First of all, the tobacco companies have their hands full right now. They won’t move into anything that is to start with illegal under federal law right now. The tobacco companies were just regulated by the FDA tobacco bill that passed congress and was signed by president Obama in 2009. That legislation subjects the companies to unprecedented control by the federal government of their tobacco products. So it’s extremely unlikely that they would move into a grey legal market to try and get an edge on the Marijuana business. What would have happened if the proposition had passed it would have just been an extension of the medical Marijuana industry in California right now, which is currently not at all controlled by tobacco companies.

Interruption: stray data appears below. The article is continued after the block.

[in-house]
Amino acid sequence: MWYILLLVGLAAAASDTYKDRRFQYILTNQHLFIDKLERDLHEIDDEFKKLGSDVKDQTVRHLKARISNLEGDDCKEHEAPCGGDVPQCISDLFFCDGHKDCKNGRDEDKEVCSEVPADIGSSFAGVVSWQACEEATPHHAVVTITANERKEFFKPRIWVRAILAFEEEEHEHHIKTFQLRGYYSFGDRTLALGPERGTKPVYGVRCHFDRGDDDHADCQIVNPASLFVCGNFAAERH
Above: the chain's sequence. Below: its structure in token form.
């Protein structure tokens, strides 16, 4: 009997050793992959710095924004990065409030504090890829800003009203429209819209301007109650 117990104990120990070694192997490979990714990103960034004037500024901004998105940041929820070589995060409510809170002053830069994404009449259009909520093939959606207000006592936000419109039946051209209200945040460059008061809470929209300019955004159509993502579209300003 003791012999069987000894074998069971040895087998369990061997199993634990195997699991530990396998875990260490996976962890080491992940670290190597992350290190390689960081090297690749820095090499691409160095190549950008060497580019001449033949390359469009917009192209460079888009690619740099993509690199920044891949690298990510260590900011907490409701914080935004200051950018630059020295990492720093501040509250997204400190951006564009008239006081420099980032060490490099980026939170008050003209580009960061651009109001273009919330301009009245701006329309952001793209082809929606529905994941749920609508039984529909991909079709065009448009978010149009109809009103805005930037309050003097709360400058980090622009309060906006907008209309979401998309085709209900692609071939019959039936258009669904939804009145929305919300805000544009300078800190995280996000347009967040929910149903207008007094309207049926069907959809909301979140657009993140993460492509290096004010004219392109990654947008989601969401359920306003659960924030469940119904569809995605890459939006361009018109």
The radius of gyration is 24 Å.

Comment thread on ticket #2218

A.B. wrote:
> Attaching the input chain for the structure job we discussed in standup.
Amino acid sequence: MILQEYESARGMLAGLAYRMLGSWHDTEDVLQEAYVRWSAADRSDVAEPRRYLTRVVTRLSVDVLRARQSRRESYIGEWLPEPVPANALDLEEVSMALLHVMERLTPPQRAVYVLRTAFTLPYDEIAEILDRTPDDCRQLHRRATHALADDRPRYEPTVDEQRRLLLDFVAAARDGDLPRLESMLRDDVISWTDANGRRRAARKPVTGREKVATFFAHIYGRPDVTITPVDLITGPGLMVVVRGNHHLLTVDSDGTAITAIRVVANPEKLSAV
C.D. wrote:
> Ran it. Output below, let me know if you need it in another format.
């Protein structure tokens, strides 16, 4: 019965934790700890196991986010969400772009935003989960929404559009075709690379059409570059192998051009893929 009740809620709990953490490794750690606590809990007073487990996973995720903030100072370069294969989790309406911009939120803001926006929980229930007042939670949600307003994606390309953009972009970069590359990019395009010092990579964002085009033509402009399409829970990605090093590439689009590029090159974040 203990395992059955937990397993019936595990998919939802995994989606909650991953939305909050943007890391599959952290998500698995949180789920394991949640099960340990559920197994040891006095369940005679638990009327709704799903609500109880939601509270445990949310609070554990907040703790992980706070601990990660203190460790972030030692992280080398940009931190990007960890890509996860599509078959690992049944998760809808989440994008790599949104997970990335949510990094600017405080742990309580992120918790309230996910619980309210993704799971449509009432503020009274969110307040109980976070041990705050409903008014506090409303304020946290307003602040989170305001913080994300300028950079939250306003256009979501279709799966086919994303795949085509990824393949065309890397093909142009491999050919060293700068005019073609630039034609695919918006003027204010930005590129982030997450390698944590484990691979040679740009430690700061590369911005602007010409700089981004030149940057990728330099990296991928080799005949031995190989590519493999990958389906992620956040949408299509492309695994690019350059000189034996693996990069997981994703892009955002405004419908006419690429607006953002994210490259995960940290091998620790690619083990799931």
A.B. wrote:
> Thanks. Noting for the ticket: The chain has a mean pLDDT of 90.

What about in other states? I know there were medical Marijuana initiatives in other states, what were the results in other states?
Well it was a disappointing Election Day. In Oregon and South Dakota, we had very painful losses. In California we lost, CA actually garnered the 2nd highest percentage for any legalization initiative ever. Arizona basically was split right at 50/50 [editor’s note: When all votes were counted after this interview occurred, Arizona’s legalization measure was approved by a slim margin]
So what kinds of lessons have been learned and what do you think the future holds for the legalization movement?
It’s clear that we do better in presidential election years- that’s no secret - but one of the biggest lessons we can take away from this is that we need to do a better job at reaching out to Tea Party conservatives who really support us. In their heart of hearts they support us, they just need to be given the tools to talk about this in a way that they can convince their friends and their family and they can be convinced themselves. After all we are fighting over 70 years of reefer madness propaganda here, so it takes some time to unwind.
There’s been a lot of progress up until these recent setbacks. Lets pretend it’s 10 years forward and someone looked back at 2010, where in this path would you say we are?